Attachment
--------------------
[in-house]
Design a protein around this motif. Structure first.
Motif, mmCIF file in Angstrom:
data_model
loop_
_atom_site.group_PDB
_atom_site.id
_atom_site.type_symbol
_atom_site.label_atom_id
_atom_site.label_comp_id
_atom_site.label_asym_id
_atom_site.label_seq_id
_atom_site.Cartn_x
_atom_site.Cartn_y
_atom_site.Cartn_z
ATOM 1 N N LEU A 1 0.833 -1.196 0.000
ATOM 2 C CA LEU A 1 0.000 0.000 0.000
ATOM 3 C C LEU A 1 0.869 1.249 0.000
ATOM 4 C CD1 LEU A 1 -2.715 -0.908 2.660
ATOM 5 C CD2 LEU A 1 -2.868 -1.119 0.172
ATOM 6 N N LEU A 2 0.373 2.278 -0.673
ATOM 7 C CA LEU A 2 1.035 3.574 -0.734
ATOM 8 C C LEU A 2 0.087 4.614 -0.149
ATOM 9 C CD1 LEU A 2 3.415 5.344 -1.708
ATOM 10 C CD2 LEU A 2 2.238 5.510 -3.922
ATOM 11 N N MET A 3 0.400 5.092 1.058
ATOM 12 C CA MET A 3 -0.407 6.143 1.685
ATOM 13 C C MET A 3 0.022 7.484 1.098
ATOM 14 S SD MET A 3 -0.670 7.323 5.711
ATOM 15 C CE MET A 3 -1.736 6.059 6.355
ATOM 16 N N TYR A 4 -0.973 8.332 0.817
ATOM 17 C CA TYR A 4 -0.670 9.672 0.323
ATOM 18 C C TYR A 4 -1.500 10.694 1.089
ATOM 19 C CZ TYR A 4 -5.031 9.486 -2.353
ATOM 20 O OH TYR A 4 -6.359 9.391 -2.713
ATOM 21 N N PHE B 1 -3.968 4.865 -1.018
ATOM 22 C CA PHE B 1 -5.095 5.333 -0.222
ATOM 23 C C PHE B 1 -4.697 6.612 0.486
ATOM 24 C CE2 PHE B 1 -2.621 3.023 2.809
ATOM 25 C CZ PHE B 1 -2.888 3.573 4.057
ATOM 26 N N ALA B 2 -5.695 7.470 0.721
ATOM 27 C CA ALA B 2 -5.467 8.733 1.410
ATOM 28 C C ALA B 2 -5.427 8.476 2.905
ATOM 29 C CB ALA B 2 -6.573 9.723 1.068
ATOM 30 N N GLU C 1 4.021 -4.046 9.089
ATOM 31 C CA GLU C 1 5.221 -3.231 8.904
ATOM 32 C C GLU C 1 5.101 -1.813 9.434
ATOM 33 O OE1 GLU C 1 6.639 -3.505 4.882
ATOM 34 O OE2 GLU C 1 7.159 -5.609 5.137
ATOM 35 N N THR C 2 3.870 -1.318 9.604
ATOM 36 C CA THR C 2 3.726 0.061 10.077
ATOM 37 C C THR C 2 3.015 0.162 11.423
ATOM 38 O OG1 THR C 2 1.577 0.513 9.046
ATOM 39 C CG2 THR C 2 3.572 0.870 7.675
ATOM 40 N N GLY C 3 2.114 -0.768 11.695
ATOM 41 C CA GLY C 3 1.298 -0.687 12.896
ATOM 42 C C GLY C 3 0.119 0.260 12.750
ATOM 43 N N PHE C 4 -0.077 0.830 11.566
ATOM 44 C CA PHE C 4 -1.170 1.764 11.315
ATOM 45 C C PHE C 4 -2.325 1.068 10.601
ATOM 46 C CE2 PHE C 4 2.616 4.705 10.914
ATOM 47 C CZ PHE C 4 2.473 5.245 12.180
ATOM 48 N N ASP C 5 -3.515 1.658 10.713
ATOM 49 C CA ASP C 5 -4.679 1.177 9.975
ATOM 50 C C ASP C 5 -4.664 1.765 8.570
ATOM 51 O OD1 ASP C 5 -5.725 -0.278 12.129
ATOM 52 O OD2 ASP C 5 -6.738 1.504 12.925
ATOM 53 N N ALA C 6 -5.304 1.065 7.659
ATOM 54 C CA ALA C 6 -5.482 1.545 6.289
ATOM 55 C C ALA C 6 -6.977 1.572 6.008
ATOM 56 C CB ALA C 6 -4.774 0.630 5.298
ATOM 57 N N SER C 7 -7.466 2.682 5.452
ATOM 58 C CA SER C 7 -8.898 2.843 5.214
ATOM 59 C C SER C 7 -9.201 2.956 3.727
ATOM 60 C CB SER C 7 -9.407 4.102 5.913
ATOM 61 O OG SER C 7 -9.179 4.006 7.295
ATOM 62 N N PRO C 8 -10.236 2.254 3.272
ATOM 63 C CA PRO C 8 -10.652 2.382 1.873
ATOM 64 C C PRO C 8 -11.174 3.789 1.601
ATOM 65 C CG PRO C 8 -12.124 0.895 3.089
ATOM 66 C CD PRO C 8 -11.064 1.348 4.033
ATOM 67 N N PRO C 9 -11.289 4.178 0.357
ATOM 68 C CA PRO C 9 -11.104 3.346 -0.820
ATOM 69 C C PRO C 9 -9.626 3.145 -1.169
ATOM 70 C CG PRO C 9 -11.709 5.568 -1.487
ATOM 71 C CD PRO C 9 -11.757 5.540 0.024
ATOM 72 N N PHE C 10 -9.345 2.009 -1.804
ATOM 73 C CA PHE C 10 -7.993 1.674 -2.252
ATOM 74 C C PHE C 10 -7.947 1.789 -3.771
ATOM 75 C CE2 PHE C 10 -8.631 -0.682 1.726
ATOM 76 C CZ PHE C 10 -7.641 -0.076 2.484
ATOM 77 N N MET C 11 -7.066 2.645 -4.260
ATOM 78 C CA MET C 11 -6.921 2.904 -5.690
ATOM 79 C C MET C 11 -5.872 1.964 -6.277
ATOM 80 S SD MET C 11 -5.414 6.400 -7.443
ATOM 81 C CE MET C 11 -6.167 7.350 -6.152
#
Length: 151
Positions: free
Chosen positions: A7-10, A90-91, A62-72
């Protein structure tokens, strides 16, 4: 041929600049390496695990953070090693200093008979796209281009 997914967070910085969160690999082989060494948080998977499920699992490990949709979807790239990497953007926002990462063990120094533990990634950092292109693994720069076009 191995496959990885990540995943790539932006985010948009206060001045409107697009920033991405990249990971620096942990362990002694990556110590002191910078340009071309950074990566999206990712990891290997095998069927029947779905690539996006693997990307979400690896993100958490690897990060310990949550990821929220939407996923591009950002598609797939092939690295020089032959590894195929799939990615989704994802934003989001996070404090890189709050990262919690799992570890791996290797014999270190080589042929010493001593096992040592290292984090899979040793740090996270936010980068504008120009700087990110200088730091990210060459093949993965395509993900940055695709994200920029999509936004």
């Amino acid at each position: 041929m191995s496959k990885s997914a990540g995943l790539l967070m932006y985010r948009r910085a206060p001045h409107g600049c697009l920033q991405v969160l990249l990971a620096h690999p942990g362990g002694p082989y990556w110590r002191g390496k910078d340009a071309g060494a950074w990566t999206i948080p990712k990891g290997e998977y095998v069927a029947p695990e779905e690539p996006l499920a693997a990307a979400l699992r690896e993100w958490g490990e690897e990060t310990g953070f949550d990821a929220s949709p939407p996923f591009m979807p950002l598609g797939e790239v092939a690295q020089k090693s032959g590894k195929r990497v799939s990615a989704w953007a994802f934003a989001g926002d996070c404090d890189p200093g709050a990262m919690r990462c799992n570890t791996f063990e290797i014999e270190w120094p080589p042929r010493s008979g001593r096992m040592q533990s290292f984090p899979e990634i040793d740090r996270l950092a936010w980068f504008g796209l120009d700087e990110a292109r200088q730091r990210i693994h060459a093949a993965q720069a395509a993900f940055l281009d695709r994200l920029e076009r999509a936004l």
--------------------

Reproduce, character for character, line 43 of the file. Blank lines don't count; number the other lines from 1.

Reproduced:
ATOM 28 C C ALA B 2 -5.427 8.476 2.905